Scientist shows link between diet and onset of mental illness
WEST LAFAYETTE, Ind. – Changes in diet have been linked to a reduction of abnormal behaviors in mentally ill people or animals, but a Purdue University study shows that diet might also trigger the onset of mental illness in the first place.
Joseph Garner, an associate professor of animal sciences, fed mice a diet high in sugar and tryptophan that was expected to reduce abnormal hair-pulling. Instead, mice that were already ill worsened their hair-pulling behaviors or started a new self-injurious scratching behavior, and the seemingly healthy mice developed the same abnormal behaviors.
“This strain of mouse is predisposed to being either a scratcher or a hair-puller. Giving them this diet brought out those predispositions,” said Garner, whose results were published in the December issue of the journal Nutritional Neuroscience. “They’re like genetically at-risk people.”…
…Garner’s study raises questions of how diet might be affecting other behavioral or mental illnesses such as autism, Tourette syndrome, trichotillomania and skin-picking. He said that before now, a link between diet and the onset of mental disorders hadn’t been shown.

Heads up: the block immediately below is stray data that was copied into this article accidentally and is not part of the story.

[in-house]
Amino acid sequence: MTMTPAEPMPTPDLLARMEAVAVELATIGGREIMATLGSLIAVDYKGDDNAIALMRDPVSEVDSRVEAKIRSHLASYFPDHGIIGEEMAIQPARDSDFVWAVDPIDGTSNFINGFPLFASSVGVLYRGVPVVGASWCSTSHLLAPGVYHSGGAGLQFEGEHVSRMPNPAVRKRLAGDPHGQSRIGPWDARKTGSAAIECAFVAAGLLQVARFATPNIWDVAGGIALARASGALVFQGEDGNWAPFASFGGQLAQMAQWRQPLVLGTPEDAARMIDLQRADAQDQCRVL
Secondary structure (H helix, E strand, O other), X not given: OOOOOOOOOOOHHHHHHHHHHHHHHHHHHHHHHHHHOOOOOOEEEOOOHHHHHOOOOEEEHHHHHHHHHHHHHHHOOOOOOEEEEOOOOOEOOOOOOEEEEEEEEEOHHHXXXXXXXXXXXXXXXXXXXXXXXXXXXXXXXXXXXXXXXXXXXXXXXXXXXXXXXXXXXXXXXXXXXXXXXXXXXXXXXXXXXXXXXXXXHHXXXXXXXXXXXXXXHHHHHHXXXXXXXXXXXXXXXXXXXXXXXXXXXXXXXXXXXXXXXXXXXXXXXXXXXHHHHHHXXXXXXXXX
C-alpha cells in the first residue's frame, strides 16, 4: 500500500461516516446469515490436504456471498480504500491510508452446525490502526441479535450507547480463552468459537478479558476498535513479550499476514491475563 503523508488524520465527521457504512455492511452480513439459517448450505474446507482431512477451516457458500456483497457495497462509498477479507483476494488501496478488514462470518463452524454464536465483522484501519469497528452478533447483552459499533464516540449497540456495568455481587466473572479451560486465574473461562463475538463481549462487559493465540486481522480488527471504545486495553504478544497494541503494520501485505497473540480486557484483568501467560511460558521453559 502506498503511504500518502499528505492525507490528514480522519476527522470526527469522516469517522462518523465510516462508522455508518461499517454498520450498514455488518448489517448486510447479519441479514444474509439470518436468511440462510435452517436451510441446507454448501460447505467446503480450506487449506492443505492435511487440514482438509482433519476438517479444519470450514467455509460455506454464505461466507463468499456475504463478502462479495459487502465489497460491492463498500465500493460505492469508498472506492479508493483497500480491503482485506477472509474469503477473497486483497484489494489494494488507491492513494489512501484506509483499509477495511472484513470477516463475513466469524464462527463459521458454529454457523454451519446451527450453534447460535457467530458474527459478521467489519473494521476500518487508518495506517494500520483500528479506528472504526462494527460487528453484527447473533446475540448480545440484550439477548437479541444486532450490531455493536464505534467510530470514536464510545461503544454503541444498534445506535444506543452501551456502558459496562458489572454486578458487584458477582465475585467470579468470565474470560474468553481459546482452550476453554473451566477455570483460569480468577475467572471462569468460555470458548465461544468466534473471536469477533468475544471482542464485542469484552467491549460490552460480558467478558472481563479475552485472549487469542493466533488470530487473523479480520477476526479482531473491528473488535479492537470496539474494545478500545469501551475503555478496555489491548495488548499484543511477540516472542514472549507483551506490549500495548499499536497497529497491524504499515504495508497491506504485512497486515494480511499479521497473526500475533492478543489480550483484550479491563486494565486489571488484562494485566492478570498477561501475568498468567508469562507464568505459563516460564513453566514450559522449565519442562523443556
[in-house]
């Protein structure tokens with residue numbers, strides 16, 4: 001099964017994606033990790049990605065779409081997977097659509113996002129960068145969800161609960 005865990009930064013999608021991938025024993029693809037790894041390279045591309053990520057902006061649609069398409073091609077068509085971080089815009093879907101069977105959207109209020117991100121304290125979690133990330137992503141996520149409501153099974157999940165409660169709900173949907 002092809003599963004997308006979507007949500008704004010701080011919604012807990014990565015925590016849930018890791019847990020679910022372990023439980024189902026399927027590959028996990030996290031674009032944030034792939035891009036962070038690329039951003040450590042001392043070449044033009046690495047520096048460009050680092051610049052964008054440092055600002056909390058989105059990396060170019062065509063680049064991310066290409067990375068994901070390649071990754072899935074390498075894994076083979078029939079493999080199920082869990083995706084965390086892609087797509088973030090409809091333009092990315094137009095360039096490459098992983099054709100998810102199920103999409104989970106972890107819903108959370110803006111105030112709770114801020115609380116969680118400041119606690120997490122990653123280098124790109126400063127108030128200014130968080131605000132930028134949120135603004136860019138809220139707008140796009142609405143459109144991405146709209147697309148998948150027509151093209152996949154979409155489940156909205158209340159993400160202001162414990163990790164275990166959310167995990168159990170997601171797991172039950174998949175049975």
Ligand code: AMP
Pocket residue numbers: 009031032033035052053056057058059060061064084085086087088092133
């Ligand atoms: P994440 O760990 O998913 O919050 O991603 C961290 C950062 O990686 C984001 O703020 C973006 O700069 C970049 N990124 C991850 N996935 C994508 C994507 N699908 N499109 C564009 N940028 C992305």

“What if the increase of simple sugars in the American diet is contributing to the increase of these diseases?” Garner said. “Because we fed the mice more tryptophan than in the typical human diet, this experiment doesn’t show that, but it certainly makes it a possibility.”
Garner next wants to refine the experiments to better imitate human dietary habits, including the amount of tryptophan people consume. Internal Purdue funding paid for his work..
…Abstract on the research in this release is available at: http://www.purdue.edu/newsroom/research/2010/101213GarnerTryptophan.html
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